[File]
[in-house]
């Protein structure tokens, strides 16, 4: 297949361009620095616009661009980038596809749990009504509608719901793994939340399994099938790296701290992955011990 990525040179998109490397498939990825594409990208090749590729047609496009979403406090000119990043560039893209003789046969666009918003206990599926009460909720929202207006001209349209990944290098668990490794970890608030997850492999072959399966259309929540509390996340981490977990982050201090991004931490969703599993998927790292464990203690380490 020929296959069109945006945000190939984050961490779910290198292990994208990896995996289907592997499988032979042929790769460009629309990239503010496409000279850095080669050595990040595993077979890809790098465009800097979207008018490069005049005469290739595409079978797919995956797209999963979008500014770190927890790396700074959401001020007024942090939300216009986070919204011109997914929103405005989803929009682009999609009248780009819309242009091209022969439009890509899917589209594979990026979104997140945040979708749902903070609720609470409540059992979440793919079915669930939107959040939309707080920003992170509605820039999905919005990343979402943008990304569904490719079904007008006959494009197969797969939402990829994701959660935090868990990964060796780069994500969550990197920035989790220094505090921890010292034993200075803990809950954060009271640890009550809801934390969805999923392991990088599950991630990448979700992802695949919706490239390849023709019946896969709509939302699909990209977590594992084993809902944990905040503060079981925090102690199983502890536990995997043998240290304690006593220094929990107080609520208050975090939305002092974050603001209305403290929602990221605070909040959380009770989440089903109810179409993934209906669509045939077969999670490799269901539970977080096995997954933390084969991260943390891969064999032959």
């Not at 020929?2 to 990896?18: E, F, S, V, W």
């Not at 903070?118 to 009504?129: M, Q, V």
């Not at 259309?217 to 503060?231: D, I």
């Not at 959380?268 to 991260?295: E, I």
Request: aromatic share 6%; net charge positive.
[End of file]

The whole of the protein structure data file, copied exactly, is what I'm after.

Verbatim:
[in-house]
């Protein structure tokens, strides 16, 4: 297949361009620095616009661009980038596809749990009504509608719901793994939340399994099938790296701290992955011990 990525040179998109490397498939990825594409990208090749590729047609496009979403406090000119990043560039893209003789046969666009918003206990599926009460909720929202207006001209349209990944290098668990490794970890608030997850492999072959399966259309929540509390996340981490977990982050201090991004931490969703599993998927790292464990203690380490 020929296959069109945006945000190939984050961490779910290198292990994208990896995996289907592997499988032979042929790769460009629309990239503010496409000279850095080669050595990040595993077979890809790098465009800097979207008018490069005049005469290739595409079978797919995956797209999963979008500014770190927890790396700074959401001020007024942090939300216009986070919204011109997914929103405005989803929009682009999609009248780009819309242009091209022969439009890509899917589209594979990026979104997140945040979708749902903070609720609470409540059992979440793919079915669930939107959040939309707080920003992170509605820039999905919005990343979402943008990304569904490719079904007008006959494009197969797969939402990829994701959660935090868990990964060796780069994500969550990197920035989790220094505090921890010292034993200075803990809950954060009271640890009550809801934390969805999923392991990088599950991630990448979700992802695949919706490239390849023709019946896969709509939302699909990209977590594992084993809902944990905040503060079981925090102690199983502890536990995997043998240290304690006593220094929990107080609520208050975090939305002092974050603001209305403290929602990221605070909040959380009770989440089903109810179409993934209906669509045939077969999670490799269901539970977080096995997954933390084969991260943390891969064999032959």
């Not at 020929?2 to 990896?18: E, F, S, V, W």
């Not at 903070?118 to 009504?129: M, Q, V």
């Not at 259309?217 to 503060?231: D, I």
């Not at 959380?268 to 991260?295: E, I």
Request: aromatic share 6%; net charge positive.